We can go, if the parliamentary secretary chooses, to the operative part of the bill. It allows states which are not party to the convention, but which are engaged in military cooperation with the ADF, to stockpile cluster munitions in bases, aircraft and ships in Australia. Let us start there. Parliamentary Secretary, you can either treat Darwin as a case study or you can keep your answer in the abstract if you prefer, but I want to know how this bill is going to operate. Will it be unlawful for the US to stockpile cluster weapons in transit from place to place on Australian soil?
I am resisting the temptation to head down that road, too, Senator Ludlam. I also make clear that Australia has never had stockpiles of these weapons. I know you understand that, Senator Ludlam, but it is important to put it on the record.
I repeat that the bill uses the language found in the convention. For our part, we say that the bill, in its intent and in its operation, effects everything the convention is intended to effect. The convention itself permits military cooperation and operations between states parties and countries not party to the convention. That is a point worth highlighting, I think. Such military cooperation or operations may entail the use by foreign countries of their own assets on Australian territory or the entry of foreign ships or aircraft into Australian territory.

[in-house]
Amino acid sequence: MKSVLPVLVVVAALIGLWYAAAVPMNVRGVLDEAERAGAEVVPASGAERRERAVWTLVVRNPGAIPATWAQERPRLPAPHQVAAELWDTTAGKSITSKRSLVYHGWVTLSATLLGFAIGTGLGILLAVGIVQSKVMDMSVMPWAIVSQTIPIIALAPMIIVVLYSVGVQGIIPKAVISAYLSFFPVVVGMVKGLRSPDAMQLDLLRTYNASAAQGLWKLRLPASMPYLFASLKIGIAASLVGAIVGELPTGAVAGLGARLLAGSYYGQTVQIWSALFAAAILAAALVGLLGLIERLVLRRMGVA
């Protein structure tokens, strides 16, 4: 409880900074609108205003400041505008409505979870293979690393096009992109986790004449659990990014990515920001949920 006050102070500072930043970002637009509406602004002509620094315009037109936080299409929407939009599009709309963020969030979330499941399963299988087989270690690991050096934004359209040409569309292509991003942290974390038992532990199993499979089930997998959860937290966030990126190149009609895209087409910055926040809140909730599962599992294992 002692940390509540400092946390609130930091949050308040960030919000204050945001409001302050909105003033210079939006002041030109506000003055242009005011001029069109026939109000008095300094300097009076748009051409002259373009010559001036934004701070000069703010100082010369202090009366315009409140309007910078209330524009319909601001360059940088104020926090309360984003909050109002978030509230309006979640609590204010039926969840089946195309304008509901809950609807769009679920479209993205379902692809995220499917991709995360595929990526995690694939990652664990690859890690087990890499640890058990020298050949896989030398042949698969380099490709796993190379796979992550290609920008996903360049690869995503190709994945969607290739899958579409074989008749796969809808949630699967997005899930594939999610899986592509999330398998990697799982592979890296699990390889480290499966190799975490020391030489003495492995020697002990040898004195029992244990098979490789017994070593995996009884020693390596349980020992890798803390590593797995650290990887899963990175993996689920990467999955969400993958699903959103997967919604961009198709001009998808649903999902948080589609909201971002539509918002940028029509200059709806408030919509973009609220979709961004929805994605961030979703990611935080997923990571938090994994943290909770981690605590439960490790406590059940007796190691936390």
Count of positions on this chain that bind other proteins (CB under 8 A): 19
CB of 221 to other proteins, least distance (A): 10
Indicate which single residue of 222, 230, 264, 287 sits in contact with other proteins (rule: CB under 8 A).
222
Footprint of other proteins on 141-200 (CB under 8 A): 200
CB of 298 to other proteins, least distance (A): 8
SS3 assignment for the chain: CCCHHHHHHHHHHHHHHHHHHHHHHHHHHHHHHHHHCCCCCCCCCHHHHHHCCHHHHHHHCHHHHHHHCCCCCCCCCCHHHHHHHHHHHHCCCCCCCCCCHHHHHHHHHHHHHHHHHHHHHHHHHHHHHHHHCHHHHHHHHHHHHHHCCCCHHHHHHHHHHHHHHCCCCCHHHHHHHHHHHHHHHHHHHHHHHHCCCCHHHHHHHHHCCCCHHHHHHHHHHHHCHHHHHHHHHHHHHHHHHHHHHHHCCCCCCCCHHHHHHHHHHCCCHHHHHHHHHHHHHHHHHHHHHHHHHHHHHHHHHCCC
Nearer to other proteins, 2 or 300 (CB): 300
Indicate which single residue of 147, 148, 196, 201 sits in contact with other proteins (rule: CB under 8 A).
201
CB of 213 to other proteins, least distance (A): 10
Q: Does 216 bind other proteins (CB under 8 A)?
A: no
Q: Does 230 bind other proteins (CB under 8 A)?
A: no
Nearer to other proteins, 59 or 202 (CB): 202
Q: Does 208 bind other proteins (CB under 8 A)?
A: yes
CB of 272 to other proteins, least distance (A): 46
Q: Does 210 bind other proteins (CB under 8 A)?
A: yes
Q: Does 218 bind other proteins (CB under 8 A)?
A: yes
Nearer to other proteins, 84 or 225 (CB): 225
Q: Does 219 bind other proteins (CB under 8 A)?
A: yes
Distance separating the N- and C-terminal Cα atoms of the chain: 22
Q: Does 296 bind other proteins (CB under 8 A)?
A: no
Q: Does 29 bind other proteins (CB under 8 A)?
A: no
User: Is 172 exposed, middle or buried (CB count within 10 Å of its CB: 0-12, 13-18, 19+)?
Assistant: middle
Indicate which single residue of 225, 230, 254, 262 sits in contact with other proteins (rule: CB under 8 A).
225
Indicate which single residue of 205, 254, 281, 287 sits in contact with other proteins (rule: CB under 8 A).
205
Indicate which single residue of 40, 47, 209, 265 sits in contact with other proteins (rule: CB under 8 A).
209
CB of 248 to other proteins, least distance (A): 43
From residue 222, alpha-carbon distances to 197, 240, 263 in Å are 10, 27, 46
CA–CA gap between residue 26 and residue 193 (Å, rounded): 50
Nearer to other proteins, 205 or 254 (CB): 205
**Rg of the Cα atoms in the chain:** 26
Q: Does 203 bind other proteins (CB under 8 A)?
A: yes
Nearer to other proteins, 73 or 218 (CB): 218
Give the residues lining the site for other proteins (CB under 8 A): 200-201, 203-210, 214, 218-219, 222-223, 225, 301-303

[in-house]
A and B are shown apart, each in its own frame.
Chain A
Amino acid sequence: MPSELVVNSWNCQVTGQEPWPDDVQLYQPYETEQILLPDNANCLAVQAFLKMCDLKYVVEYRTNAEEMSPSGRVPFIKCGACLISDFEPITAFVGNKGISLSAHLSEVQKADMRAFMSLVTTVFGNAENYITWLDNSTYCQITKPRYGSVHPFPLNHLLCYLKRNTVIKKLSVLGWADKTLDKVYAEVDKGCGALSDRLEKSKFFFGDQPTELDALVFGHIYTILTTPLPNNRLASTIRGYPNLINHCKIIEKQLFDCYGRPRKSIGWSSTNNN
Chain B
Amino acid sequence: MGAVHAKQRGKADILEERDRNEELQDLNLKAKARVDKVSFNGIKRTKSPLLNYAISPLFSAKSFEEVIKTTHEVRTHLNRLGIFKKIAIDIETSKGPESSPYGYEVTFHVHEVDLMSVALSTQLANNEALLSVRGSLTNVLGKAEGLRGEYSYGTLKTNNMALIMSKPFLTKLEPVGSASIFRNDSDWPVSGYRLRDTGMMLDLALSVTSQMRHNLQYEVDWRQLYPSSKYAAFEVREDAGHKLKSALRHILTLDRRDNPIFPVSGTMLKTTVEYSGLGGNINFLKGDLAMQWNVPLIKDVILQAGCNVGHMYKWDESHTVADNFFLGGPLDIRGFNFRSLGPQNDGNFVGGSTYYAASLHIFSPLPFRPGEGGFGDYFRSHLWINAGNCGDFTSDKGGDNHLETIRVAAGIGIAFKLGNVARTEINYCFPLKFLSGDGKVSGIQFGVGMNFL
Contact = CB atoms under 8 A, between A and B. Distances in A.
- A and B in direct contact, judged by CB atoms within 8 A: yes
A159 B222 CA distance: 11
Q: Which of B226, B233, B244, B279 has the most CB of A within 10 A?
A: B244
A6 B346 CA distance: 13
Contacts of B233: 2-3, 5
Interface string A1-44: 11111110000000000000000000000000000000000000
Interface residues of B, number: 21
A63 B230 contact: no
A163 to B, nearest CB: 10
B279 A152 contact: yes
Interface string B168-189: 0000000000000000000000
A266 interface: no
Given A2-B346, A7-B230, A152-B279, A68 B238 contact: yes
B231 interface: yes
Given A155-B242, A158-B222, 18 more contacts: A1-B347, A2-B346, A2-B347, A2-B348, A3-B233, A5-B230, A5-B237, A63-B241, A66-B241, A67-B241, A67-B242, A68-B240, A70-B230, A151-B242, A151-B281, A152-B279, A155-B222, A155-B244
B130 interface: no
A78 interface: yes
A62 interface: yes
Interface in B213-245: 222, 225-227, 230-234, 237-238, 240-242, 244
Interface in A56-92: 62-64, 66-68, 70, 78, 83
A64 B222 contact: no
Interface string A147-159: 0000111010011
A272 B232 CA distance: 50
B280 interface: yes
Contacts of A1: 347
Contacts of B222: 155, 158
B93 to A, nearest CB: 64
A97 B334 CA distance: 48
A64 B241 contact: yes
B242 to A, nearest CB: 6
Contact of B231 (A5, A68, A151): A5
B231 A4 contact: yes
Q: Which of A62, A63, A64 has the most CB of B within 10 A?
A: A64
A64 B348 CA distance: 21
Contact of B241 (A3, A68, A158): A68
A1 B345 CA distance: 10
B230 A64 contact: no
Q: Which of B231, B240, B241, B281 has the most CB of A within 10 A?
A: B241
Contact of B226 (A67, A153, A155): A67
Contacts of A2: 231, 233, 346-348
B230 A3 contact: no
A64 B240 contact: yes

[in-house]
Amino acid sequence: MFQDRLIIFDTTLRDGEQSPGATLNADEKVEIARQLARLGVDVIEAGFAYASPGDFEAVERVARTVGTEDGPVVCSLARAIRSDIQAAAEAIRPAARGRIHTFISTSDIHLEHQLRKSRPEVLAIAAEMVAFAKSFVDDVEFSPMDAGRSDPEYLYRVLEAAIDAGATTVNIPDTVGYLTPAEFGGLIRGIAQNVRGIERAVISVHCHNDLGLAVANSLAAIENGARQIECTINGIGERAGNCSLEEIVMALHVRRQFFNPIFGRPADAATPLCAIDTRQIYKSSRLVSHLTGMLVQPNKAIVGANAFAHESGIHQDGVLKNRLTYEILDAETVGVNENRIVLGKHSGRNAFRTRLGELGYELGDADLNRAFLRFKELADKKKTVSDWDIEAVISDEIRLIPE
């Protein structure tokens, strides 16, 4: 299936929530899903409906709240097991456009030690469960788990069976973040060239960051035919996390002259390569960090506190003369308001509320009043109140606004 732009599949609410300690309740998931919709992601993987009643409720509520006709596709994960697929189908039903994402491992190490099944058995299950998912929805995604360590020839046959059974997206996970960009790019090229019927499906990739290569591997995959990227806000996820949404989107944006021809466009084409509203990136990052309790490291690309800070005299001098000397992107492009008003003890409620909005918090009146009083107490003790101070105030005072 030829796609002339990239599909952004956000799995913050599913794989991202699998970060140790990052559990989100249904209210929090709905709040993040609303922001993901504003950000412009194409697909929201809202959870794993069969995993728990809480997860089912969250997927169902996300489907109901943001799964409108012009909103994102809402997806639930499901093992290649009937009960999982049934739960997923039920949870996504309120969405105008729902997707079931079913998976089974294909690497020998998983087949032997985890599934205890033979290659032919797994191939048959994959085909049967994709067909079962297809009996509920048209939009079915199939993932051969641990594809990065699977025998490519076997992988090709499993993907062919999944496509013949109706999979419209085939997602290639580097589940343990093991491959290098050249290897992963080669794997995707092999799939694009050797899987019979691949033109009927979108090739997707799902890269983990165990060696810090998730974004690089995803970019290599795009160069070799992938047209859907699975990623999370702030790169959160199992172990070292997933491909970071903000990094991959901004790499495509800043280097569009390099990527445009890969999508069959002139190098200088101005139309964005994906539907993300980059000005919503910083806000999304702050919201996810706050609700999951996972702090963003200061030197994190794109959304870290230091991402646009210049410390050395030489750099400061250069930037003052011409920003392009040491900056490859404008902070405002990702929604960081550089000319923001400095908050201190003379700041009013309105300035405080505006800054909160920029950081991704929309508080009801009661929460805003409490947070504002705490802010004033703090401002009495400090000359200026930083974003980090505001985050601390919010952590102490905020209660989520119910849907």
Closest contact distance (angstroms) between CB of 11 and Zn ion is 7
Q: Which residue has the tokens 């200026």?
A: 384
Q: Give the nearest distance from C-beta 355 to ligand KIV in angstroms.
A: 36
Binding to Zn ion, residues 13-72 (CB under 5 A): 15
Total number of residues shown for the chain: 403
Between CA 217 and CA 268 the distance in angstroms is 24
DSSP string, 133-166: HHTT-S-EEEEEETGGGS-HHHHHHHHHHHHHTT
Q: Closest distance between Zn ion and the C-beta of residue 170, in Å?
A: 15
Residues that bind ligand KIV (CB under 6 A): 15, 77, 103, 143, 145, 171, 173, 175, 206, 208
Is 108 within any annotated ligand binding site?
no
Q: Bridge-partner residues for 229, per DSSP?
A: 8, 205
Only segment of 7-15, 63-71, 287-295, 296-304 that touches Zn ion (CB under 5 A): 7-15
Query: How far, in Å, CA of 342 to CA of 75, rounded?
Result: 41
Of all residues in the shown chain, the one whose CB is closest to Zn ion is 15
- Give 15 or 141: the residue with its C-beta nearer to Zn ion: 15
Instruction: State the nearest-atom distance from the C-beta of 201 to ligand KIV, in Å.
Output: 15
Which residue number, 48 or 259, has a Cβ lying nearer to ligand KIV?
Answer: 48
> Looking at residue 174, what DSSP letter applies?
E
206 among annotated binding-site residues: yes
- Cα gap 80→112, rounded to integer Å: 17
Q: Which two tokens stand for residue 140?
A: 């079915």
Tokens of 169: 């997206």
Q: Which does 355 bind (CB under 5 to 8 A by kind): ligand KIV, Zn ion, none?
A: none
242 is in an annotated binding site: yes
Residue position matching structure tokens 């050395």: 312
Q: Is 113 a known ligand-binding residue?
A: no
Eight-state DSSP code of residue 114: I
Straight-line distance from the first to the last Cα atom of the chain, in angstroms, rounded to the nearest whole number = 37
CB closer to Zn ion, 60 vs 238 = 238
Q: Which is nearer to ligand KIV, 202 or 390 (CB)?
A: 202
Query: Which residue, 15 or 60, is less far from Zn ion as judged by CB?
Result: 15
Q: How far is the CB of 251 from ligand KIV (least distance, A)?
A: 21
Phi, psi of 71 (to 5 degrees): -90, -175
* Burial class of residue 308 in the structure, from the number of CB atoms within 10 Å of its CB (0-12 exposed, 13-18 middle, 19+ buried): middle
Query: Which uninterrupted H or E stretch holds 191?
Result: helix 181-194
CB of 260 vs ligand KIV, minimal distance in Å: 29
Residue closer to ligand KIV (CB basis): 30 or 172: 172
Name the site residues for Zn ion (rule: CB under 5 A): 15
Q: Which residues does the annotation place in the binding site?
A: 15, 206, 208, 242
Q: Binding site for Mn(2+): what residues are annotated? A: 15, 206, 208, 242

The defence which is found in proposed section 72.42 protects foreign military personnel of countries which are not party to the convention while such personnel are in Australia. This section obviously takes into account that Australia engages in military cooperation and operations with some countries which are not party to the convention—obviously the United States is one of those. But those kinds of military cooperation and joint operations are expressly permitted by article 21 of the convention. The defence in the bill recognises that foreign military personnel are not required to comply with an international legal obligation to which their own country has not consented. I think that is reasonably straightforward. It is essential that Australia be able to continue to cooperate with countries which have not signed the convention.